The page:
It's more than a feeling, it's a thorough psychiatric assessment. If they did pay for it on their own everyone will pay for post-operative care anyway. And If you're going to deny them treatment then why even bother offering them a diagnosis? Our system will fund an evaluation of just about any medical issue but stop short of actually treating some people.
First off, I don't want it to be interpreted that i am marginalizing transgendered folks, that is not my intent. However, the very same psychiatrist that analyses the GSR candidate can see an overweight woman who claims that there is a beautiful thin woman screaming to get out. The fact is, the existing system is for medically necessary procedures. GSR surgery is not considered medically necessary.. You can't point to a broken knee, a cancerous tumour or a ruptured spleen. Regardless of the psychiatrist's diagnosis, it is still an ailment that exists in the mind of the patient.
You have mentioned that GSR surgeries are being denied to those that want it... Nothing is farther from the truth. The procedure is available to anyone that wants it.. All they have to do is pony-up the cash... For someone (ie GSR recipient) that sees this as life-or-death situation, I am absolutely floored by the notion that they don't see it as important enough to pay their own way.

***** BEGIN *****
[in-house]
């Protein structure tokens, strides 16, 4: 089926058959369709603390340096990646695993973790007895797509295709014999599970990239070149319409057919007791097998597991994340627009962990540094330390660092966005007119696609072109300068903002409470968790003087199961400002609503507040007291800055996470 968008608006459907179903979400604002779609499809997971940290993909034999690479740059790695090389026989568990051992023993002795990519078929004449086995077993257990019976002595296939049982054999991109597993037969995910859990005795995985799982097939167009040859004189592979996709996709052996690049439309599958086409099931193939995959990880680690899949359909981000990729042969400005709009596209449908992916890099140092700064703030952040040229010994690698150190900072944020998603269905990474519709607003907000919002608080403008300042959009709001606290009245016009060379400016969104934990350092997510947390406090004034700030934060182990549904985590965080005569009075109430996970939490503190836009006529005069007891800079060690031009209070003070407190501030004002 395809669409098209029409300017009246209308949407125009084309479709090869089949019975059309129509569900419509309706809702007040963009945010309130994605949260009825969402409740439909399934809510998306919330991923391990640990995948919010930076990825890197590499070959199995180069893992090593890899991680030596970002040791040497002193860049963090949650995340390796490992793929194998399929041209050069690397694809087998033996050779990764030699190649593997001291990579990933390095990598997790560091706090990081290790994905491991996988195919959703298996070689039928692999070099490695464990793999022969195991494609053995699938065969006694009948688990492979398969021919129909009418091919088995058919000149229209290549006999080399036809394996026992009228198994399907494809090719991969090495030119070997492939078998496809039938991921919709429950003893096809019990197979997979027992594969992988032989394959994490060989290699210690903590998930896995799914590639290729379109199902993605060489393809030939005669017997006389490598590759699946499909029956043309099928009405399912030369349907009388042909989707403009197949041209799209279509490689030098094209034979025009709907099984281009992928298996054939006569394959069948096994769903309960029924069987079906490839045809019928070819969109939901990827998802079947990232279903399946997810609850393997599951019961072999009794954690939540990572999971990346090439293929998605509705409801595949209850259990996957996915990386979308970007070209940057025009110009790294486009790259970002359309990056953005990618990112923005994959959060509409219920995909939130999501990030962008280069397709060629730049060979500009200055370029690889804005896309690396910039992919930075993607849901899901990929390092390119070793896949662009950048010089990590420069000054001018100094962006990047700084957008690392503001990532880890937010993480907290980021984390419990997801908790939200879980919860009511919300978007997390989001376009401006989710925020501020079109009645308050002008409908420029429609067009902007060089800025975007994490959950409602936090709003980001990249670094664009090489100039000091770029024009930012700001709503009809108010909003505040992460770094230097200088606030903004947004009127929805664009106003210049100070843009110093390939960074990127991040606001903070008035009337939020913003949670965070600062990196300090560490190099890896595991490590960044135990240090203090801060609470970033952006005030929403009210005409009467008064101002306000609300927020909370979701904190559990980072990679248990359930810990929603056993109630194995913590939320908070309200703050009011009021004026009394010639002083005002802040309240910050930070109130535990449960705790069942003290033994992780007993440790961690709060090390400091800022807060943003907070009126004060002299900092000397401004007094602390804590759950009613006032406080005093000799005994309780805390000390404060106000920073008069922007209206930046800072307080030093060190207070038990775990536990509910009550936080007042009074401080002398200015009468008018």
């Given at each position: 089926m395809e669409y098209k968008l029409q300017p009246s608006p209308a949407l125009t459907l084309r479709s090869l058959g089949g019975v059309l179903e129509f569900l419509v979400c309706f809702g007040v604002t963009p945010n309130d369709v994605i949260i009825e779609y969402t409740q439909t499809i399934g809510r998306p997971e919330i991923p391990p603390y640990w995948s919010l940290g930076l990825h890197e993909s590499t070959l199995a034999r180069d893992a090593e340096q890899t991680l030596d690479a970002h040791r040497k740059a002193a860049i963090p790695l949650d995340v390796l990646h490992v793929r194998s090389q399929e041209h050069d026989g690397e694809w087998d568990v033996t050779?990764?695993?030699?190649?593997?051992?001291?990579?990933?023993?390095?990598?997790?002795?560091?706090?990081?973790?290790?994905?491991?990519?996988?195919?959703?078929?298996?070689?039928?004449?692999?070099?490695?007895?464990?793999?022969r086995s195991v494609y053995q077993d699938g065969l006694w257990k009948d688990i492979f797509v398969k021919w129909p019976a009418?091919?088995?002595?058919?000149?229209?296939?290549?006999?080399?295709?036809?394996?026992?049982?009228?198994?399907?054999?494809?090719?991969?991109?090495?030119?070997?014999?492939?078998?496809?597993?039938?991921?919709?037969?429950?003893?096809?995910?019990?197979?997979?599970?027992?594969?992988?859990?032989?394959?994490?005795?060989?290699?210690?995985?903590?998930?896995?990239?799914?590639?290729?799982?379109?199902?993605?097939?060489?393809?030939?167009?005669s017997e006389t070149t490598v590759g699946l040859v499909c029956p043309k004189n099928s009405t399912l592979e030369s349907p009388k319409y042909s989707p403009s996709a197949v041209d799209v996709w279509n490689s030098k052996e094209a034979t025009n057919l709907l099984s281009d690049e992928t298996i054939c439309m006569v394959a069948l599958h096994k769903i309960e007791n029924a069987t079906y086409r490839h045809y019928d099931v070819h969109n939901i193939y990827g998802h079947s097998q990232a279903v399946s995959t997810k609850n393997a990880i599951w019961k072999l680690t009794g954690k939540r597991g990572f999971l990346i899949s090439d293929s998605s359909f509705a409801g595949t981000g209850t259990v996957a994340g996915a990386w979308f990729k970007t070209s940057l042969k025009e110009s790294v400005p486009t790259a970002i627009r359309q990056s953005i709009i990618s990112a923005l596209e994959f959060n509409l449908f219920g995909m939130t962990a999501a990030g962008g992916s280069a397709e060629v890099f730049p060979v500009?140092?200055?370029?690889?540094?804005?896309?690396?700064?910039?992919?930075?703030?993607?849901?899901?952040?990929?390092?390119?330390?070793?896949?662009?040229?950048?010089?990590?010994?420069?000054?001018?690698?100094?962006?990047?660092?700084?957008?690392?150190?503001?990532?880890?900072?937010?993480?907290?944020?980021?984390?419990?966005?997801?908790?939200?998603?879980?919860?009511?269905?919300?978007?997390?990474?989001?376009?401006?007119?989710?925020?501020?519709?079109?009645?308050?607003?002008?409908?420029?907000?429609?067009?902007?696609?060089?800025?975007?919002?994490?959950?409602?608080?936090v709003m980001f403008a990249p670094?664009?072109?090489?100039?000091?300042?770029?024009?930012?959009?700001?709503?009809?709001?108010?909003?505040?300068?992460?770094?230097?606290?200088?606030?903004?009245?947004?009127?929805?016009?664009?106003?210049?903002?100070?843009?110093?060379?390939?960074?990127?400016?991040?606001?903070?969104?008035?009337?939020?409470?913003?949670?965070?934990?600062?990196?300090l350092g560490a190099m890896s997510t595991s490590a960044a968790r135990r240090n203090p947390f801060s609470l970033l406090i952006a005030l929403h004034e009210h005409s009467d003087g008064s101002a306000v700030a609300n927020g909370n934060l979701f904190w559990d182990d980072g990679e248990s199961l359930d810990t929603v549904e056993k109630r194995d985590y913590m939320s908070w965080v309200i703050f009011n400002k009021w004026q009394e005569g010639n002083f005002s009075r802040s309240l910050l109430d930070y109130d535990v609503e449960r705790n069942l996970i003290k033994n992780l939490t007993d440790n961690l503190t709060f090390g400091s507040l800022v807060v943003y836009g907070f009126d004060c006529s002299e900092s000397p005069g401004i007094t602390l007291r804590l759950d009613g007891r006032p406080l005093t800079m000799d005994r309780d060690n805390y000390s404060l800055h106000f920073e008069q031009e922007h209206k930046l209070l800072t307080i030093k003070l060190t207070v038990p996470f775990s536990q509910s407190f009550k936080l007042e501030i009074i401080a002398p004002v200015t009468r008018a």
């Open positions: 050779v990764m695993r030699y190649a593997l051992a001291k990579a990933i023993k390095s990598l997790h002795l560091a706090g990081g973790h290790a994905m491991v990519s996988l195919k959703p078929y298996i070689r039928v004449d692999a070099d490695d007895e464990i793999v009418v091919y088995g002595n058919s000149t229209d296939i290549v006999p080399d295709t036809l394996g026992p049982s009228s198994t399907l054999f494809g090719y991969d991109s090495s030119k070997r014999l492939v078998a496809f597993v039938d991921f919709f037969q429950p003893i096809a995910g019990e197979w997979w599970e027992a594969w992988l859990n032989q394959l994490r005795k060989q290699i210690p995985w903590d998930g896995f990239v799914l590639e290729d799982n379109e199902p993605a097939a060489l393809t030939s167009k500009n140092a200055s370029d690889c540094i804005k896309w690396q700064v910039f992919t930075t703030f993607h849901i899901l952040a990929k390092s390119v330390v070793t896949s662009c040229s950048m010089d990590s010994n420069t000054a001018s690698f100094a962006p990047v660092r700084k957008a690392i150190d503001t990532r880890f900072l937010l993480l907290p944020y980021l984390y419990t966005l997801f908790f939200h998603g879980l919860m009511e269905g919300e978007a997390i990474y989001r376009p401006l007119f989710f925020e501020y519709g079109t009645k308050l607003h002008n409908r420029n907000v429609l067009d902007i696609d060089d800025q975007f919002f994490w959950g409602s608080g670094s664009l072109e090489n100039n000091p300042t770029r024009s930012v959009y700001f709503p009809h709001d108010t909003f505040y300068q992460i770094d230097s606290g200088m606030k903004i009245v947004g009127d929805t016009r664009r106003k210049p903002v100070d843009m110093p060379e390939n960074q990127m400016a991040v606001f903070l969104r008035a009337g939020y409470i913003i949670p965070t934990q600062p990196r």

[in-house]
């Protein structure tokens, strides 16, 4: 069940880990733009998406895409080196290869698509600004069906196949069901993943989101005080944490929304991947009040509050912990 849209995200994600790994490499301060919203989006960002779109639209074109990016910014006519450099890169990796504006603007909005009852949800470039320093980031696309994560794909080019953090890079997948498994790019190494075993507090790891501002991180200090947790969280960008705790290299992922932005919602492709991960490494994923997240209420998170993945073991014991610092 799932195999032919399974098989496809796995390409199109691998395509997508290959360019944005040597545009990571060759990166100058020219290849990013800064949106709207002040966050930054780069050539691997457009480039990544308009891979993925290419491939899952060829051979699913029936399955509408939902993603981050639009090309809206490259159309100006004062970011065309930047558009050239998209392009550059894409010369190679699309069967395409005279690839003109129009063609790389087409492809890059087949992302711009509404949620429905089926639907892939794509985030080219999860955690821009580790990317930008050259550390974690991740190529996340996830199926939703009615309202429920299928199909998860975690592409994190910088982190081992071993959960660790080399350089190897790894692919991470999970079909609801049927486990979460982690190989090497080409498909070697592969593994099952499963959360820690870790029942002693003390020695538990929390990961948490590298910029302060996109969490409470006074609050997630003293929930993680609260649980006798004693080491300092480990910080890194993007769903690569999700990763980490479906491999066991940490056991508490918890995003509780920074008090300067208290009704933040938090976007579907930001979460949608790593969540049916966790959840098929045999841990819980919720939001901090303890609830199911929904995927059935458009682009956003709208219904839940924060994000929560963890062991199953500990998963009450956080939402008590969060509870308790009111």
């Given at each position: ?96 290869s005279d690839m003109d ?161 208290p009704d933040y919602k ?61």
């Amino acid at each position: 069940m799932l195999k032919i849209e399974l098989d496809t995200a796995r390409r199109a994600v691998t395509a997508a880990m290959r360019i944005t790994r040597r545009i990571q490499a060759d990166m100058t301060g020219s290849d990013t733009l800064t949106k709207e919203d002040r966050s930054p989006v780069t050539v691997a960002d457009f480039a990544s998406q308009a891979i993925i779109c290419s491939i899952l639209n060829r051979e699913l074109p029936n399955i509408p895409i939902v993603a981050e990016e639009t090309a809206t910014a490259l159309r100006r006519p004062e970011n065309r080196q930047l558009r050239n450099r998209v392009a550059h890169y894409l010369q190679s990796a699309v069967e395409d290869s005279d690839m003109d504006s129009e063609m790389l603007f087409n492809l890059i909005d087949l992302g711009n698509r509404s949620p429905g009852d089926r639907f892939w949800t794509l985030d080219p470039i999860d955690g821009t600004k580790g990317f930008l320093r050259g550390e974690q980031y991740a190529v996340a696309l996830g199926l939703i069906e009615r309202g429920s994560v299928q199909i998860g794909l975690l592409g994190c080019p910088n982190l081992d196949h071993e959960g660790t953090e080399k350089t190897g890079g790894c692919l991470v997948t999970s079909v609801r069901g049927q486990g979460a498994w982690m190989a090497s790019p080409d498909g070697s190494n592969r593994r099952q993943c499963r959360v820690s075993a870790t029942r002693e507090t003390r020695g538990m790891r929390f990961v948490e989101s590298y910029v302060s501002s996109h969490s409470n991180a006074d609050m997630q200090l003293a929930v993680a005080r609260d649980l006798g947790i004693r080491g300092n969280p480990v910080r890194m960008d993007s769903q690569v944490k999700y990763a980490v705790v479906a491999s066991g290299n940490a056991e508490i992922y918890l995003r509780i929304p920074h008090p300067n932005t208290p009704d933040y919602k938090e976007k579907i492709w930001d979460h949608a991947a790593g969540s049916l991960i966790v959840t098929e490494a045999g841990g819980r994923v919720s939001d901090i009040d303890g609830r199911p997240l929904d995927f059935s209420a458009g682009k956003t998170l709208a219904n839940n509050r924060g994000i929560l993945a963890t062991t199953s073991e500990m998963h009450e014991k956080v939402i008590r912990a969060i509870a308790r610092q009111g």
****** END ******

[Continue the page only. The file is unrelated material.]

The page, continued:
In terms of the overlap between public and private servives, i fully agree and would suggest that as the healthcare system experiences further economic stresses, you may see those services vanish entirely. Regardless, the example of GSR also exemplifies the current circumstance and would likely do so even if the patient had to foot the bill themselves.
As for GRS candidates, they apparently are at high risk of suicide attempts. Is it a better use of taxpayer money to have them in and out ER's?
To start, there is no certainity that the GSR surgery will 'solve' the patients problem. In reading various articles about this (it's been in the news lately), there have been frequent reference to the notion that there is a reasonably high chance that the GSR recipient won't necessarily believe (after tthe fact) that the surgery successfully addressed their psycological issues.
The suicde issue is obviously a heart-wrenching circumstance, however, transgender persons do not have a lock on suicidal tendencies. To employ your logic in that realm, you have made the case that anyone with an individual and subjective psycological issue should receive surgery...
If those that absolutely believe that they need GSR surgery believe it, the issue of gvt paying would be far down on the list on importance and they would either work for a period of time to get the $$ together (the lobby suggests that the surgery is about 35K - that is not 100's of thousands) or seek the help from friends or family.
Sorry, but it is a hard pill to swallow in believing that it is extremely important to them, but not pressing enough to come up with the money.